PITTSBURGH -- Appalachian State's upset of Michigan was one of those where-were-you-when-it-happened moments, creating an outcome so unimaginable it is certain to be remembered -- and, in Ann Arbor, reviled -- for as long as college football is played.
Give this much to Michigan coach Lloyd Carr, who saw a potential national championship disappear with the first loss by an AP Top 25-ranked team to an opponent from the former Division I-AA: At least he attended the game.
Imagine the uproar, the cries of disbelief, if Carr had skipped the game, put an assistant in charge and attended the Tennessee-Cal game to write a syndicated newspaper column as a favor to his agent. No doubt he would have been fired before halftime.
Yet that is exactly the scenario fabled Notre Dame coach Knute Rockne followed on Nov. 27, 1926, when his Fighting Irish were beaten 19-0 by tiny Carnegie Tech in the Appalachian State-Michigan game of its time.
Notre Dame was a 5-to-1 favorite against Carnegie Tech, a Pittsburgh-based engineering school that started playing teams outside its region only a few years before. Tech had fewer than 30 players, did little recruiting and was coached part-time by a Chicago-based judge, Walter Steffen. Its football budget was about that of Notre Dame's travel budget.
Yet, during one of those star-crossed moments when a huge underdog finds a tactic or motivational edge that works so effectively it fells a giant, Carnegie Tech was the confident aggressor and Notre Dame was a fumbling, confused and leaderless loser.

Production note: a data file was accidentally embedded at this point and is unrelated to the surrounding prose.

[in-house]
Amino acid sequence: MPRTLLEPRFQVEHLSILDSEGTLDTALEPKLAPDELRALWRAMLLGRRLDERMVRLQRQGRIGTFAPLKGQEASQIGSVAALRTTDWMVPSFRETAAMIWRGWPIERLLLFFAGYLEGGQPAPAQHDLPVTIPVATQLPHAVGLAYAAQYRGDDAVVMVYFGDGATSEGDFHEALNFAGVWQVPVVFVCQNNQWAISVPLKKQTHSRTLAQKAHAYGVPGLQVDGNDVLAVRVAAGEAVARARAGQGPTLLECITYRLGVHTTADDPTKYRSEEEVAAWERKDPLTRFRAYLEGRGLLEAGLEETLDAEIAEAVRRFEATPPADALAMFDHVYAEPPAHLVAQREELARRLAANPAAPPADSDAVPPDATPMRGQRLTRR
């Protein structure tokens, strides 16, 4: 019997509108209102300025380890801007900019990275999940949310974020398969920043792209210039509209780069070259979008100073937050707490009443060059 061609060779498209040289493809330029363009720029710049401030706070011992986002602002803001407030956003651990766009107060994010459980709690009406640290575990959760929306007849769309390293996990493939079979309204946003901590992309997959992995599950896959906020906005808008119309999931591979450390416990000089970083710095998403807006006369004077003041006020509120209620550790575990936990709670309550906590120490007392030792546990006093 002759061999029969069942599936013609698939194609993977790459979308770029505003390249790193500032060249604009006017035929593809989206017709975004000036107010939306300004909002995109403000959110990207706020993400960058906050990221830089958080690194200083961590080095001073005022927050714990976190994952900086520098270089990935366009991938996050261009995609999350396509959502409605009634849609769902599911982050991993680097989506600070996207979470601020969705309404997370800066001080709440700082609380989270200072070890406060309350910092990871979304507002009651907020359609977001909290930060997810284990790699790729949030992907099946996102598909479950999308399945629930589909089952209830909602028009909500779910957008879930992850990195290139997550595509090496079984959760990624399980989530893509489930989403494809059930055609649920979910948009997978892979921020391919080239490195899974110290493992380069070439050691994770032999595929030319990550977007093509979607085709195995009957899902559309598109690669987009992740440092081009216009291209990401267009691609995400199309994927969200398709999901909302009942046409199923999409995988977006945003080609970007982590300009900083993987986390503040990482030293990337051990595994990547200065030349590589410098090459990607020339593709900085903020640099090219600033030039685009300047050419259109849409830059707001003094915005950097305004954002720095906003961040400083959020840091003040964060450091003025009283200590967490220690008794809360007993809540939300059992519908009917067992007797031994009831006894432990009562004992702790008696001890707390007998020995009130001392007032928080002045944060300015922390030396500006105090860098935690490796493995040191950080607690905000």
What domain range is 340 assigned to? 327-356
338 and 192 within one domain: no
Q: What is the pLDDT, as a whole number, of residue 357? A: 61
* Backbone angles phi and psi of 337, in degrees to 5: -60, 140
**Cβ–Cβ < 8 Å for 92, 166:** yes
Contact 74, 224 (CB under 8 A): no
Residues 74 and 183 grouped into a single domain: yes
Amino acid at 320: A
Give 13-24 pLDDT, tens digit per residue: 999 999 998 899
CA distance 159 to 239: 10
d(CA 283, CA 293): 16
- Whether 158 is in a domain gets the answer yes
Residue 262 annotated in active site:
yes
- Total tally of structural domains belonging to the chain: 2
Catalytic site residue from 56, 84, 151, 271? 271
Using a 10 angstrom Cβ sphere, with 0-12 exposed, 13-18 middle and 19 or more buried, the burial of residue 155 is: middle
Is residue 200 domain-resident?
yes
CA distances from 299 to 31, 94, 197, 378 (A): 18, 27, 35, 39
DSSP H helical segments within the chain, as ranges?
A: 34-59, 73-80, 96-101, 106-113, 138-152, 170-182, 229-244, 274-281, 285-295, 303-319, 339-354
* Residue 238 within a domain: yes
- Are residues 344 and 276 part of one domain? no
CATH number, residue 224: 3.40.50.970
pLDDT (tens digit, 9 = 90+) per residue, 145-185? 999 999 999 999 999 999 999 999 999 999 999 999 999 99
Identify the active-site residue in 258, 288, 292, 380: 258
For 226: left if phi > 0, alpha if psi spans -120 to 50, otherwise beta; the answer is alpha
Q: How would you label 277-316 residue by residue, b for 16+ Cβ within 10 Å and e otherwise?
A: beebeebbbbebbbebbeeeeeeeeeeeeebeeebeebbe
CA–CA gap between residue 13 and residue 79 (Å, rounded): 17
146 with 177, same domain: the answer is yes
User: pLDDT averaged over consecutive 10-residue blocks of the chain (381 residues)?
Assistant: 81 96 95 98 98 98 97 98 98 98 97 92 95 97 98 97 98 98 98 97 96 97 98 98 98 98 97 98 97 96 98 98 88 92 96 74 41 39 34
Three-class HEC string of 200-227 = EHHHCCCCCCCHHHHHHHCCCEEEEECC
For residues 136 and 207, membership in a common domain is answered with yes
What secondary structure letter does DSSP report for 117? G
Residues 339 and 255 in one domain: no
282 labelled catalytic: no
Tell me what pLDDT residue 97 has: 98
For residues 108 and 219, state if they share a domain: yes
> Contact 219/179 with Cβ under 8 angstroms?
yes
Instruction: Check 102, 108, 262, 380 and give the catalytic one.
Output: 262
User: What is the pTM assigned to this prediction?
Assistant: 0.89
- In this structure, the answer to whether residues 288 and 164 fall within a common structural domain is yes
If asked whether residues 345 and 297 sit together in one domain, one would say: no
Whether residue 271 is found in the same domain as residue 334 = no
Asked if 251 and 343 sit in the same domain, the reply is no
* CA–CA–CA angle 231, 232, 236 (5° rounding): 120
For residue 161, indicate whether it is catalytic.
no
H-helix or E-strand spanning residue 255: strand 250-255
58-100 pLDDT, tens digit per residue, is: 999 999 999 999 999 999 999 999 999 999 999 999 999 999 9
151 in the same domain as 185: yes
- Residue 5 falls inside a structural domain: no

Blame it on Rockne for making one of the greatest coaching blunders in history.
Notre Dame had beaten Tech so convincingly the previous four seasons -- by a combined score of 111-19 -- Rockne chose to watch the Army-Navy game played before a crowd of 100,000 in Chicago. Historians have long spun a tale that Rockne was scouting Navy for the following season, but that appears to cover up his true motives.
In his book "Shake Down The Thunder: The Creation of Notre Dame Football," author Murray A. Sperber reprints letters written to and from Rockne and Christy Walsh, the first nationally recognized sports agent. Walsh also represented Babe Ruth and helped the publicity-conscious Rockne subsidize his $10,000-a-year salary by lining up outside work.
At Walsh's behest, Rockne, Stanford's Pop Warner, and Yale's Tad Jones were to watch Army-Navy and write newspaper articles about it, as well as select an All-America football team.
"It will certainly grab the spotlight for the `Big Three' (coaches) and get us a lot of timely publicity," Walsh responded.
Rockne agreed, writing, "The game in Pittsburgh will not be important enough ... I can (put) it in charge of someone else."
Remarkably, Rockne considered taking his starters with him to Chicago before the following week's game at Southern Cal. Amid rumblings he would do exactly that, Rockne was forced to send a telegram to Carnegie Tech athletic director Clarence "Buddy" Overend emphasizing his regulars were coming, even if he wasn't.